Taiwan rolls out inclusive e-bike sharing programme for people with disabilities
Authorities heeded the call from its rapidly ageing population.
A bike sharing programme which caters to the needs of Taiwan's population with disabilities and the elderly using adaptive bicycles is gaining traction as the government aims to make its public transportation more inclusive.
The topic was raised by Pacific Cycles' Daniel Tsai during the pre-Medical Taiwan International Medical, Health & Care Expo tour. Tsai is slated to present during the Medical Taiwan Expo in Taipei, Taiwan which will run from 27 to 30 June.
Adaptive bicycles are modified bikes which are configured to meet the needs of patients with disabilities through features such as additional footplates and special seats. These cycles range from tricycles, three or four-wheeled tandem bicycles, hand-powered bikes, and recumbent bicycles for those with spinal problems.
Taiwan first launched its bike sharing programme YouBike in 2009 with 500 bicycles across 11 stations in Taipei. As of 2017, the programme has 214 stations with 7,000 bikes placed next to MRT stations, bus stops and major tourist attractions.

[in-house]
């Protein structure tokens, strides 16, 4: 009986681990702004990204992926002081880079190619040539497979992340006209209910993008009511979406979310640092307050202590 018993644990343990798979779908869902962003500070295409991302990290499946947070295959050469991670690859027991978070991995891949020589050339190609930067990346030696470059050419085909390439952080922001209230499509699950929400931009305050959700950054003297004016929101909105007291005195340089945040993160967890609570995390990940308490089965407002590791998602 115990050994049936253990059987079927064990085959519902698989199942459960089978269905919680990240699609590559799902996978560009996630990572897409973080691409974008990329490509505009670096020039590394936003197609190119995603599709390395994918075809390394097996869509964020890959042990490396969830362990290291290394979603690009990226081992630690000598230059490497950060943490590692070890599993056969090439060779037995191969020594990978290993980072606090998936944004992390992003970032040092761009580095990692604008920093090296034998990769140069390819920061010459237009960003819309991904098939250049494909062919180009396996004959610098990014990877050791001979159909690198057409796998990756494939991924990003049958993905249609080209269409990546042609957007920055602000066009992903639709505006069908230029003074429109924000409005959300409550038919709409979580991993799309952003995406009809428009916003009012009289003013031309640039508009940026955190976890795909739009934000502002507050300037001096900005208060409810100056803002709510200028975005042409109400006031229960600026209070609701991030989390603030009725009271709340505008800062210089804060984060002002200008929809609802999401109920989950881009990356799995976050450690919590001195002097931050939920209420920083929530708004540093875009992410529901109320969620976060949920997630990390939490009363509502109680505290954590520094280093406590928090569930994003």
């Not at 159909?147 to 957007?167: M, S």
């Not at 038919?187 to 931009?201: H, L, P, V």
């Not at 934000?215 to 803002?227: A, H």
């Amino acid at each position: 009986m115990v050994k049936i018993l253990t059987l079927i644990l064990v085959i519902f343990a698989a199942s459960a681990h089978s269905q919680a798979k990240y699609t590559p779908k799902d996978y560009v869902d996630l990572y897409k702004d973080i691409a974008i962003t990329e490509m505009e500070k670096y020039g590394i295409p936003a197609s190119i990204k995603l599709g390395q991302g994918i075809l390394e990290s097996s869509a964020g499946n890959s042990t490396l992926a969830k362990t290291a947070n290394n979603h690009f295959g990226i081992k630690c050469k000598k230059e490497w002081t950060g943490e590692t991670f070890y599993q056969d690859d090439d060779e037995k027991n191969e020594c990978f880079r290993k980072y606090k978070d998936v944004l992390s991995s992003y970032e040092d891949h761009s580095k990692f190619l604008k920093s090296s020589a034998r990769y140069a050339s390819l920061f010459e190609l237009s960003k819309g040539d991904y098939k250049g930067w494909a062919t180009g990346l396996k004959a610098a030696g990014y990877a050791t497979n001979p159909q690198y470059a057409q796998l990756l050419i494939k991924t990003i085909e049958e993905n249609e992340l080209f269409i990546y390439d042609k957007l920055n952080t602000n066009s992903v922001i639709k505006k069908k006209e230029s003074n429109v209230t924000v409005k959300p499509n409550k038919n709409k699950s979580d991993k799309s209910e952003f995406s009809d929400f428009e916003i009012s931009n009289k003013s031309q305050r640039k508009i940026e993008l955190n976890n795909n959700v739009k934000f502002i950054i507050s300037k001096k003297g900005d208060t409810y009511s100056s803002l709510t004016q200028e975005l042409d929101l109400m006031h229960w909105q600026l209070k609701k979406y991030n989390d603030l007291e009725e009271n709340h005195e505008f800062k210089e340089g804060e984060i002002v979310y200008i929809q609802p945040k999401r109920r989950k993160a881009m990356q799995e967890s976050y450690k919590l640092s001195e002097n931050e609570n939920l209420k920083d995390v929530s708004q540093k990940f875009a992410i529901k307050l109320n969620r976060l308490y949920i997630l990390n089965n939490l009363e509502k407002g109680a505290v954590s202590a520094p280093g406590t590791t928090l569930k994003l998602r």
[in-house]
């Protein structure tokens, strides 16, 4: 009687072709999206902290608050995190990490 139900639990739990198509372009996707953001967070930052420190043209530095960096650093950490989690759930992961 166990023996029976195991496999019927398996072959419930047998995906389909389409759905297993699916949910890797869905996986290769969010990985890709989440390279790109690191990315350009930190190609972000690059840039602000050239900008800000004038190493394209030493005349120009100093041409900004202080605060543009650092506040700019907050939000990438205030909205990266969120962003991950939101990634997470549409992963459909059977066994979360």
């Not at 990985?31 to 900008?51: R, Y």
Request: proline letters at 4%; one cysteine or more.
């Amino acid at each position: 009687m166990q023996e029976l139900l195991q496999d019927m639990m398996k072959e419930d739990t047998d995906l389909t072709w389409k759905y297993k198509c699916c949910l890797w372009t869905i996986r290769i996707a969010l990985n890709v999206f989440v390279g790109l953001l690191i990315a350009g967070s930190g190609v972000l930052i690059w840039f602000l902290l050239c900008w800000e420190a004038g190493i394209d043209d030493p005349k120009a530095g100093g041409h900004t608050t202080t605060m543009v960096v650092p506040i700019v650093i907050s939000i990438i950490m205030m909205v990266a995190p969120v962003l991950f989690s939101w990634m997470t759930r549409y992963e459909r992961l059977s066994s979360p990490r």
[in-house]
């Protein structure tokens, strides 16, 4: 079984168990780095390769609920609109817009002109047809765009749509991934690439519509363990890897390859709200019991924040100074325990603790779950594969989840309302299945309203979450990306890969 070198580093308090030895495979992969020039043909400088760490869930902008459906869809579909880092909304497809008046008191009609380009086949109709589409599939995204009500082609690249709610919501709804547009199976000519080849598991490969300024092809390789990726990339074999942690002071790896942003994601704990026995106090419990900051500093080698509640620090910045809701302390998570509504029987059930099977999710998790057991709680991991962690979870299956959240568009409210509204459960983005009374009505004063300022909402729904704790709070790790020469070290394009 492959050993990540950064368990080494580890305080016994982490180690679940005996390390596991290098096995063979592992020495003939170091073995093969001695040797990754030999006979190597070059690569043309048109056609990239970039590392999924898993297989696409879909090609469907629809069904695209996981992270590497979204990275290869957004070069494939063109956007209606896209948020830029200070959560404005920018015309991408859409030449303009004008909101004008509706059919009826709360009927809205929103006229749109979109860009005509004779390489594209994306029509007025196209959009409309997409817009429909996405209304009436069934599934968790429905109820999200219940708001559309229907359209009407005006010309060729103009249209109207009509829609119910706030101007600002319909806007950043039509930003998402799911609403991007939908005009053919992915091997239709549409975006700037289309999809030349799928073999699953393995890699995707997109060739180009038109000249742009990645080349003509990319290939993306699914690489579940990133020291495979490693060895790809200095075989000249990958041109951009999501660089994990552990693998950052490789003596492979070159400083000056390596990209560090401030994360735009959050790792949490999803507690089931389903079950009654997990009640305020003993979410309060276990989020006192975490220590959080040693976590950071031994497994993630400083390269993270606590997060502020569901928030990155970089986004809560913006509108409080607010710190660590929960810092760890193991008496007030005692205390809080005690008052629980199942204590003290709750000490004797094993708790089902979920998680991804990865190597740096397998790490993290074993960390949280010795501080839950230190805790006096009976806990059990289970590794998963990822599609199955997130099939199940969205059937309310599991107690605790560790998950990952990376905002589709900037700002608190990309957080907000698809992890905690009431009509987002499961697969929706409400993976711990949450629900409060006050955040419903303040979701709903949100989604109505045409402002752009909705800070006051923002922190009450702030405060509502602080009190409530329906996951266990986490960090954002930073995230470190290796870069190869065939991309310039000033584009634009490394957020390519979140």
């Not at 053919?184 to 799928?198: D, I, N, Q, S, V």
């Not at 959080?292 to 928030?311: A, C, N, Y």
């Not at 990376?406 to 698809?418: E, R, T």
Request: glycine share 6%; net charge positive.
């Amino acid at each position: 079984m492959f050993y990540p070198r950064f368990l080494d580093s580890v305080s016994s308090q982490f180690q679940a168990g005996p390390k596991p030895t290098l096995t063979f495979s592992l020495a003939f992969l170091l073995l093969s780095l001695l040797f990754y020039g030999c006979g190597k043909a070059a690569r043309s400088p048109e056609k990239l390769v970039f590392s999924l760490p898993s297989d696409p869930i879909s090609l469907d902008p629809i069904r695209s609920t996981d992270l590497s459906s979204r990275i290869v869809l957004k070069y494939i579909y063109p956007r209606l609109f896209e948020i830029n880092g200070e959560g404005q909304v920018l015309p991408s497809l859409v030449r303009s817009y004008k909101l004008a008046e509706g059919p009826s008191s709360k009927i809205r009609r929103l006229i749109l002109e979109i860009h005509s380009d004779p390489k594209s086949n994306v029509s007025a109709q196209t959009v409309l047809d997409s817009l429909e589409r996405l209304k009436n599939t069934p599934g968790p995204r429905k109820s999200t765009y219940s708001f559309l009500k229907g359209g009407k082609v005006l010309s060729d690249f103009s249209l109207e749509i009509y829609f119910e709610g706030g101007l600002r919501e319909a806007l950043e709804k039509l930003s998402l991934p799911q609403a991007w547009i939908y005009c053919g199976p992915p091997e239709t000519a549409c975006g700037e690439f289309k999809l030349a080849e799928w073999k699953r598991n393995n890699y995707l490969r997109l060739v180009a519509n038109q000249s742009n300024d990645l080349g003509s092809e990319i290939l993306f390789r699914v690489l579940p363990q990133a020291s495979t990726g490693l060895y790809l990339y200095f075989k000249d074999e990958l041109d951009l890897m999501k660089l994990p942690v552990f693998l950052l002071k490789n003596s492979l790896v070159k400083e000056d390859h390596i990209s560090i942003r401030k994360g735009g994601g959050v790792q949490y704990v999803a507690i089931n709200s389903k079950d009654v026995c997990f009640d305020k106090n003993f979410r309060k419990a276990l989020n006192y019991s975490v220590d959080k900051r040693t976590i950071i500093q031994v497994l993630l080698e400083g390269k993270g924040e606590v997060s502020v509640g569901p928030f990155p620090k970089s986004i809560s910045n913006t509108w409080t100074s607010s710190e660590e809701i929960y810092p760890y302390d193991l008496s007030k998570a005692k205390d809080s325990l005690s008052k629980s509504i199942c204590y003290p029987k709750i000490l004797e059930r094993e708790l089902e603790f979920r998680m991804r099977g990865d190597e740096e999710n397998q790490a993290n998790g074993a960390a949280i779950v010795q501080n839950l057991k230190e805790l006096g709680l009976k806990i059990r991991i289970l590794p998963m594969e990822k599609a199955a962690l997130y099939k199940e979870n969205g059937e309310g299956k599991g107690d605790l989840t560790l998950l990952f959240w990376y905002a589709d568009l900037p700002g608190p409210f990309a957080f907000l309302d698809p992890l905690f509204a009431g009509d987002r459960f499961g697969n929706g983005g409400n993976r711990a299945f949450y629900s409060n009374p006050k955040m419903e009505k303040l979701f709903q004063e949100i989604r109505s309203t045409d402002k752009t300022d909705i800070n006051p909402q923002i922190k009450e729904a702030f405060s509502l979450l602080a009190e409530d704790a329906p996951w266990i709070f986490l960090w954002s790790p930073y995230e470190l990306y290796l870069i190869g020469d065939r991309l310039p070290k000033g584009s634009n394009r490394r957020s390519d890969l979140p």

According to the country's Advanced Public Transportation Research Centre, Taipei plans to increase its YouBike fleet to 400 stations and 13,000 bicycles by 2018, with an additional 192.9 km of bike lanes and facilities by 2019. Aside from Taipei, YouBike has also been implemented in New Taipei City, Taichung City and Changhua Country.
"But those rental bikes are for regular, healthy people. People with disabilities started to complain that there are no rental bikes for those with special needs," Tsai revealed. "So they tried to ask the local government for their own bike share programme, and this was launched roughly two years after YouBike."
Across the globe, Europe and US are considered as the most mature markets for the bike industry, with Asia trailing behind. Tsai also noted that only less than 1,000 of Taiwan's elderly population use adaptive bicycles due to the hefty price tags for such vehicles.
"This is obviously more common in Europe, where countries like Norway have very advanced medical insurance which can afford to buy such bikes for their elderly. But as Asia, especially Taiwan, sees their ageing population rapidly increasing, the use of adaptive cycles is a trend we can expect to see sooner or later," Tsai explained.
According to Taiwan's National Development Council (NDC) projections, the country's elderly population accounted for 3.43 million of its 23.59 million population, and is forecasted to rise to 3.78 million by 2020.
Arianna Danganan of Healthcare Asia is attending the 2019 Taiwan Int’l Medical & Healthcare Exhibition Pre Show Media Tour from 11 - 15 March, 2019 in Taipei, Taiwan. For editorial opportunities, send an email to [email protected]